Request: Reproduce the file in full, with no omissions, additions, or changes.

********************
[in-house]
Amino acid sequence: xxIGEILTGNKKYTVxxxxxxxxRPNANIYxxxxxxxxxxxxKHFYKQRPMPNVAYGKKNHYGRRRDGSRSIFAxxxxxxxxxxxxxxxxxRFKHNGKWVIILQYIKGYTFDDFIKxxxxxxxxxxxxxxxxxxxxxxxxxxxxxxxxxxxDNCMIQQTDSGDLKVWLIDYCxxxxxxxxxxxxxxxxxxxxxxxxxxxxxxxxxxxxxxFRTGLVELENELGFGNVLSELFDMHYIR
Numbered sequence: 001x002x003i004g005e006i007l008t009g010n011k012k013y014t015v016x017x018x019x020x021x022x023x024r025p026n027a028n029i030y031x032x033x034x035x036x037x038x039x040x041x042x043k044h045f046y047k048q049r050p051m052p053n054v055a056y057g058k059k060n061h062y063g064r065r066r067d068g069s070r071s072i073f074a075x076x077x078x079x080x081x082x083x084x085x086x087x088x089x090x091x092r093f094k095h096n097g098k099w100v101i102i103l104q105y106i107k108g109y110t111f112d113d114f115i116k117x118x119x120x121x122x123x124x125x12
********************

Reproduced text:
[in-house]
Amino acid sequence: xxIGEILTGNKKYTVxxxxxxxxRPNANIYxxxxxxxxxxxxKHFYKQRPMPNVAYGKKNHYGRRRDGSRSIFAxxxxxxxxxxxxxxxxxRFKHNGKWVIILQYIKGYTFDDFIKxxxxxxxxxxxxxxxxxxxxxxxxxxxxxxxxxxxDNCMIQQTDSGDLKVWLIDYCxxxxxxxxxxxxxxxxxxxxxxxxxxxxxxxxxxxxxxFRTGLVELENELGFGNVLSELFDMHYIR
Numbered sequence: 001x002x003i004g005e006i007l008t009g010n011k012k013y014t015v016x017x018x019x020x021x022x023x024r025p026n027a028n029i030y031x032x033x034x035x036x037x038x039x040x041x042x043k044h045f046y047k048q049r050p051m052p053n054v055a056y057g058k059k060n061h062y063g064r065r066r067d068g069s070r071s072i073f074a075x076x077x078x079x080x081x082x083x084x085x086x087x088x089x090x091x092r093f094k095h096n097g098k099w100v101i102i103l104q105y106i107k108g109y110t111f112d113d114f115i116k117x118x119x120x121x122x123x124x125x12